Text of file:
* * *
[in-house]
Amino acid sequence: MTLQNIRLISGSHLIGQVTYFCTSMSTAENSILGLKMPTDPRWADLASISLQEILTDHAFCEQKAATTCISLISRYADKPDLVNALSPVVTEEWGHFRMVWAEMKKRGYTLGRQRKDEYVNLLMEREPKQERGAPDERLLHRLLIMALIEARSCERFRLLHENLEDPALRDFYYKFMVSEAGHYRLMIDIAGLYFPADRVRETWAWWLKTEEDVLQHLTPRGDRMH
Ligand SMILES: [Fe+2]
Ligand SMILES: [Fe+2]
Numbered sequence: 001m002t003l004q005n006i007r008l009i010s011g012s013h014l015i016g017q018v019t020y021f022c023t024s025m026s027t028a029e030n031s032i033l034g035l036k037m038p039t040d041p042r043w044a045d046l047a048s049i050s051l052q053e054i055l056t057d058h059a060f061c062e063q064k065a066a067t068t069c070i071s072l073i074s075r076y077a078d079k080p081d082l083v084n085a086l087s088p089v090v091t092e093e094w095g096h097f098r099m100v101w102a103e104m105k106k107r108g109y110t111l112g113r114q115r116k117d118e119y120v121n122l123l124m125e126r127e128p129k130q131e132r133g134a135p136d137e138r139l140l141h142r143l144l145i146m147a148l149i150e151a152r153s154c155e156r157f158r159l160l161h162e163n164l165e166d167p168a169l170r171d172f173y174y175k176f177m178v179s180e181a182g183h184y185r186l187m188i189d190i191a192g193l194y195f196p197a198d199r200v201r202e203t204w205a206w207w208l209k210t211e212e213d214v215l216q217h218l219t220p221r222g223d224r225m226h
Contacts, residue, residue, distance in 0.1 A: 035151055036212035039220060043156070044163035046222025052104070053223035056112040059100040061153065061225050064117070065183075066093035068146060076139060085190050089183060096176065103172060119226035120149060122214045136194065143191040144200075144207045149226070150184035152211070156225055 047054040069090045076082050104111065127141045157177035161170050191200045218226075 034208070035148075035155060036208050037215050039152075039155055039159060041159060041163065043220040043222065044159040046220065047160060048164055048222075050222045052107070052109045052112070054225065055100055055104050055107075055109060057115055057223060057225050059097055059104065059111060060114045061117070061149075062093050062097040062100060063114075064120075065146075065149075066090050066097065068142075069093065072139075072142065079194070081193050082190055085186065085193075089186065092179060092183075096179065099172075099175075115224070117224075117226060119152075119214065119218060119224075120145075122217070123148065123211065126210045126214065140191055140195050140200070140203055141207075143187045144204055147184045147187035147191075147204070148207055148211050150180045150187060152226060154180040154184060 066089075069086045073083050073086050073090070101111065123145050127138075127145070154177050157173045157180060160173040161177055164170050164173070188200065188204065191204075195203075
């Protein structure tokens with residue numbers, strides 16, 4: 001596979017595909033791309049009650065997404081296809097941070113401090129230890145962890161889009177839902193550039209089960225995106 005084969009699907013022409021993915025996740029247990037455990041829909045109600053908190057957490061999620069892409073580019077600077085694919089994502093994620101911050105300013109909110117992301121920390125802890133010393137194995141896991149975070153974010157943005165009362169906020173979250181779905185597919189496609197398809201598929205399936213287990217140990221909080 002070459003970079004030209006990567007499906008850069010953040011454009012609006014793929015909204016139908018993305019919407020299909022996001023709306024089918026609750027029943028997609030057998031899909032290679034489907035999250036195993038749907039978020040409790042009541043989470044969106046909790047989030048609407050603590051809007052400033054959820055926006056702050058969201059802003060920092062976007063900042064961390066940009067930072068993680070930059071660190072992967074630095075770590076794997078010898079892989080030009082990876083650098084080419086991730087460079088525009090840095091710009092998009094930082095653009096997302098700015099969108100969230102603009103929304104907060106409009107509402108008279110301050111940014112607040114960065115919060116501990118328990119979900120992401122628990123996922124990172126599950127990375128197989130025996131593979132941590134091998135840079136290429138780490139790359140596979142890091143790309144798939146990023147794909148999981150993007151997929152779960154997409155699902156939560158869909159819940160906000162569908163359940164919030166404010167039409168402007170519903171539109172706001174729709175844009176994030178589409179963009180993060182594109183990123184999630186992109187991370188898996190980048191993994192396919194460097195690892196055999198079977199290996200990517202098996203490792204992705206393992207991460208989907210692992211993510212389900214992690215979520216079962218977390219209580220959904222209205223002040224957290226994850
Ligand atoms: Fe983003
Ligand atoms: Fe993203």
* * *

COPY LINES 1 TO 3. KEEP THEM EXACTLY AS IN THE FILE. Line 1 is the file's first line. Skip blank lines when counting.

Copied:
[in-house]
Amino acid sequence: MTLQNIRLISGSHLIGQVTYFCTSMSTAENSILGLKMPTDPRWADLASISLQEILTDHAFCEQKAATTCISLISRYADKPDLVNALSPVVTEEWGHFRMVWAEMKKRGYTLGRQRKDEYVNLLMEREPKQERGAPDERLLHRLLIMALIEARSCERFRLLHENLEDPALRDFYYKFMVSEAGHYRLMIDIAGLYFPADRVRETWAWWLKTEEDVLQHLTPRGDRMH
Ligand SMILES: [Fe+2]